A Personal Flood-Control Wish List For the Lake Houston Area

On August 25th, the anniversary of Hurricane Harvey, Harris County residents will vote on a $2.5 billion flood bond. The County has not yet made clear what mitigation measures would be in the bond proposal. Hence, my personal wish list. Not all items on the list below are suitable for a bond, but could still help mitigate flooding. I’m including them here to have them all in one place. You may have other ideas. Let’s start a public dialog. Please contact me through this website or on Facebook with your opinions. I will collect and publish all credible ideas on behalf of the community.

Causes of Flooding in the Upper Lake Houston Area

Before we start, it’s important to note that the main type of flooding in our area is riverine. Humble, Kingwood, Atascocita and Huffman sit at the confluence of two main forks of the San Jacinto River.

Together, the East and West Forks drain more than a thousand square miles upstream through smaller tributaries. Those include Spring Creak, Cypress Creek and Lake Creek on the West Fork; and Caney Creek, Peach Creek and Luce Bayou on the East Fork.

Hurricane Harvey brought an estimated 400,000 cubic feet of water per second (cfs) down those tributaries to Lake Houston. The release from the dam at Lake Conroe at the peak of the storm was 79,141 cfs.

San Jacinto River Watershed Flow Rates

Where Water Came From During Harvey

That 79,141 cfs was approximately one third of 236,000 cfs coming down the heavily populated area between Kingwood, Humble and Atascocita where most of the damage occurred at the peak of the storm.

Both the West Fork and East Forks contain massive sand mines that were inundated by Harvey. As the photos elsewhere on this website show, those floodwaters swept up sand, carried it downstream, and deposited it at choke points that now create higher-than-expected floods on lower-than-normal rainfalls.

My Personal Flood-Remediation Wish List

1) Add upstream retention to reduce the amount of water coming downstream at peaks. Such retention would have to be built in unpopulated areas. That limits possibilities, however, it does not eliminate them. Lake Creek, Peach Creek and/or the East Fork of the San Jacinto all contain natural areas that could be considered as candidates. Ideally, the amount of extra detention would at least be sufficient to offset releases from the dam at Lake Conroe.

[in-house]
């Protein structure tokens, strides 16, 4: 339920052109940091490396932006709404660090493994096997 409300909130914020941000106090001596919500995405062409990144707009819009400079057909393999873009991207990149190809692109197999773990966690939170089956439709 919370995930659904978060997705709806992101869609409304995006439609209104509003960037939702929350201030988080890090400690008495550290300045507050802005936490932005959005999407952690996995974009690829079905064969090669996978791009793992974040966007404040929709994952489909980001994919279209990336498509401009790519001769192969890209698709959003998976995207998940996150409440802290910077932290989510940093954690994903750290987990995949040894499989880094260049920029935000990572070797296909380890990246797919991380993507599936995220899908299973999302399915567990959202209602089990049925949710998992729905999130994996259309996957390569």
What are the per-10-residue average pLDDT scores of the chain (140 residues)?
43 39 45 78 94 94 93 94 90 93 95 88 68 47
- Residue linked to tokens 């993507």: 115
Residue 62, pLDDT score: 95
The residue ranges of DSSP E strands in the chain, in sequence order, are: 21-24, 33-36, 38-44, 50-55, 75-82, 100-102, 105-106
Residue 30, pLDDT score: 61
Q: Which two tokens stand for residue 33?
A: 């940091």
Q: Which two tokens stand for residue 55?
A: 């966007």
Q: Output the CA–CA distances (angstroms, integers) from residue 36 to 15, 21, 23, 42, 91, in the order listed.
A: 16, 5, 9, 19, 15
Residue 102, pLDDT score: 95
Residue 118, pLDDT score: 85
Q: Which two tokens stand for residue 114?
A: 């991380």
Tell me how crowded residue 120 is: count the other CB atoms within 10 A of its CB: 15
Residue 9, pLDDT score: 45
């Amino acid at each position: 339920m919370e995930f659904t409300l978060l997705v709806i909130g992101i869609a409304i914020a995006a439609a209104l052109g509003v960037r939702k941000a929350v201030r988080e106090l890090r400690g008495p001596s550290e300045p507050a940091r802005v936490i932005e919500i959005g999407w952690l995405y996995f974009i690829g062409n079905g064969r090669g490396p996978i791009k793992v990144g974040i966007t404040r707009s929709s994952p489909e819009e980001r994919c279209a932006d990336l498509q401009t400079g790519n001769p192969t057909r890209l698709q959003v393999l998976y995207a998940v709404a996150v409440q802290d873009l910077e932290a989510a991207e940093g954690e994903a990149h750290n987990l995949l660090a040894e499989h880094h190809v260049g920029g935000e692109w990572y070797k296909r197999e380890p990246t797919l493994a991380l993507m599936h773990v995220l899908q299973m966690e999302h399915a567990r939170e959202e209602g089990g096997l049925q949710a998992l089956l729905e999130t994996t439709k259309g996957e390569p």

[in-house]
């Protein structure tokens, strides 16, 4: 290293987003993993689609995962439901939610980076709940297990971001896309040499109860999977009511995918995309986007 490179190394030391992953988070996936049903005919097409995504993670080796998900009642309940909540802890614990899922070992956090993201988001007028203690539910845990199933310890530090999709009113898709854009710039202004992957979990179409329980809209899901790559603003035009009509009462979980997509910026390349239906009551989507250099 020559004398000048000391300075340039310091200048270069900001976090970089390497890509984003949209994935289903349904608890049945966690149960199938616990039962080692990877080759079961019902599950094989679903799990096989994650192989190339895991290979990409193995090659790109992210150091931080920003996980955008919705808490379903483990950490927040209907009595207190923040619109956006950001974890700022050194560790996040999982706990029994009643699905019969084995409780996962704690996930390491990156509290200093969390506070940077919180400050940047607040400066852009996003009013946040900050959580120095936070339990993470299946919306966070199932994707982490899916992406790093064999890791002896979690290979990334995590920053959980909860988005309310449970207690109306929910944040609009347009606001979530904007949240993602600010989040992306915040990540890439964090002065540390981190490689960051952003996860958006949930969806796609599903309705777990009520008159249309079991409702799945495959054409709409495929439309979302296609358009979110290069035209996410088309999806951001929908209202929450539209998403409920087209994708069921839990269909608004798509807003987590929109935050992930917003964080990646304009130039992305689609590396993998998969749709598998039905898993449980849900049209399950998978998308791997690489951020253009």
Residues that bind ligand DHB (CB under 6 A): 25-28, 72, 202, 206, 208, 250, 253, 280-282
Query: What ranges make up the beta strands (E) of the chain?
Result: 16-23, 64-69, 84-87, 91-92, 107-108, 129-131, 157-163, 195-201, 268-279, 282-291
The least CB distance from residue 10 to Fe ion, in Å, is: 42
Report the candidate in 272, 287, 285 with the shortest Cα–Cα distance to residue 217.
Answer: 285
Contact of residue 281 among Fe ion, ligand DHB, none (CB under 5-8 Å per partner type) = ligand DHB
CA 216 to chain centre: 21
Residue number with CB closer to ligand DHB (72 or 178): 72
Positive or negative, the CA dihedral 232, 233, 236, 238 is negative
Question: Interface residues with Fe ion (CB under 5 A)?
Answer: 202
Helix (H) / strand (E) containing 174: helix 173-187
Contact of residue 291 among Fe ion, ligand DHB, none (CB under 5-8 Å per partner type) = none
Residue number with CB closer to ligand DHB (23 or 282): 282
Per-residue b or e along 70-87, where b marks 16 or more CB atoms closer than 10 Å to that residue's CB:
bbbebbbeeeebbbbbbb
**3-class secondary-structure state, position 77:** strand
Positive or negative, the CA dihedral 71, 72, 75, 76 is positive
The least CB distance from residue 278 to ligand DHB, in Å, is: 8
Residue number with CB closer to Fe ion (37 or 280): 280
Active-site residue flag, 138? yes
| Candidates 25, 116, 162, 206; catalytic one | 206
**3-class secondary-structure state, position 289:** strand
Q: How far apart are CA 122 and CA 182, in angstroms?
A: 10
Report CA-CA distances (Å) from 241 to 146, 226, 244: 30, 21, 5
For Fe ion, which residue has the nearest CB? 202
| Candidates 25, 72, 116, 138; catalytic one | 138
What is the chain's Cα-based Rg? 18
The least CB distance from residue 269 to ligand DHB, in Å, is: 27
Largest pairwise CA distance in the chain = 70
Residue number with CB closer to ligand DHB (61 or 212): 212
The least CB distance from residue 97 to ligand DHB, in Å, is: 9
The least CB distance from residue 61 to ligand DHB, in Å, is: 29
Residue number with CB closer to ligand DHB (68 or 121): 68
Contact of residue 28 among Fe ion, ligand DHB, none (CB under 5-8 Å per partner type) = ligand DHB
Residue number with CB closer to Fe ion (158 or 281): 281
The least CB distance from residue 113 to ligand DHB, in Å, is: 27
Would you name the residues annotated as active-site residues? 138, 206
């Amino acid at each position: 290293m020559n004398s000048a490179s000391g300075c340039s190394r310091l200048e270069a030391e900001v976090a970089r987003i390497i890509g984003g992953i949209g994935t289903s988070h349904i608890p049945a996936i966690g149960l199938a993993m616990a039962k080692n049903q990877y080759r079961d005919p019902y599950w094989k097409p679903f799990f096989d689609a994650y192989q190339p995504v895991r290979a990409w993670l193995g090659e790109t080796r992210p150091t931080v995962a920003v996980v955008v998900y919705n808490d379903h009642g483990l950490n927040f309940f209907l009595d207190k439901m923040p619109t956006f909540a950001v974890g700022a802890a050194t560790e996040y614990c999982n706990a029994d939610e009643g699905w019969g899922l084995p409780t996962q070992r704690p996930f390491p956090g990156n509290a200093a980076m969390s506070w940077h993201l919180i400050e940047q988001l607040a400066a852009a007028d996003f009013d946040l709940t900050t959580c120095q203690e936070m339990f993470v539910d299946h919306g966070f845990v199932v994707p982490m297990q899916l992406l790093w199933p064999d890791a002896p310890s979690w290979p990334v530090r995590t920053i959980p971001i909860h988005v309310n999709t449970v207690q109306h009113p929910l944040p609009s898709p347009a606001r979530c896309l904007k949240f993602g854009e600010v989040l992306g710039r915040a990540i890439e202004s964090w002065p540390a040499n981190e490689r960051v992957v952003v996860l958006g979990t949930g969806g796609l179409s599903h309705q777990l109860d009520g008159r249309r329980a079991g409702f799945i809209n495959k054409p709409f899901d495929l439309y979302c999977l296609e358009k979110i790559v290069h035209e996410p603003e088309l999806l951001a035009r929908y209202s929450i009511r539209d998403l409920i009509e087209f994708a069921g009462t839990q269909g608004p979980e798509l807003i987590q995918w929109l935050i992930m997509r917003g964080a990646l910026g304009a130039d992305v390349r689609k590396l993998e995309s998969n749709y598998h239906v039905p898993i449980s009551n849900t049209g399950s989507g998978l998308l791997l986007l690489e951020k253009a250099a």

2) Regularly dredge the East Fork, West Fork, and drainage ditches. The frequency should be at least every 5 years, the interval recommended in 2000 by the Brown & Root Regional Flood Protection Study (page E-9). Sand mines continue to send huge volumes of sand downstream with every flood. The sand blocks drainage ditches and restricts the cross section of the river. That creates higher-than-expected flooding on relatively small rains. Regular dredging does not necessarily have to occur at public cost. Tax incentives could encourage sand mining companies to dredge the river at their own expense. They could sell the recovered material to help recoup costs. However, this would have to be done under government supervision to discourage excessive dredging that undermines river banks.
3) Add more flood gates to Lake Houston. This would allow the City to release water earlier and faster during major storms. This could create extra capacity in the lake to absorb flood water. Lake Houston has two small floodgates, but they have one tenth the capacity of the gates at Lake Conroe. In combination with the sand deposits mentioned above, this can create a bottleneck. (Note: the Harris County bond could not help with flood gates because the gates would be City of Houston assets. The City is currently securing funding for this project through the Texas Department of Emergency Management, FEMA and the Federal Government.)
4) Improve coordination/communication between the people who control dams at Lake Conroe and Lake Houston, and the public. This could improve public safety two ways. First, when the discharge capabilities of both lakes are balanced, they could release water in advance of major storms as a flood mitigation strategy. (Currently, SJRA fears that releasing water before storms could overload the downstream watershed and cause the very flooding that a pre-release strategy is designed to prevent. This is a complex issue.) Second, during Harvey, actual release rates seemed to lag public announcements, creating a false sense of security among residents downstream. Better communication could have given residents downstream time to evacuate in an orderly fashion and save their most valuable belongings.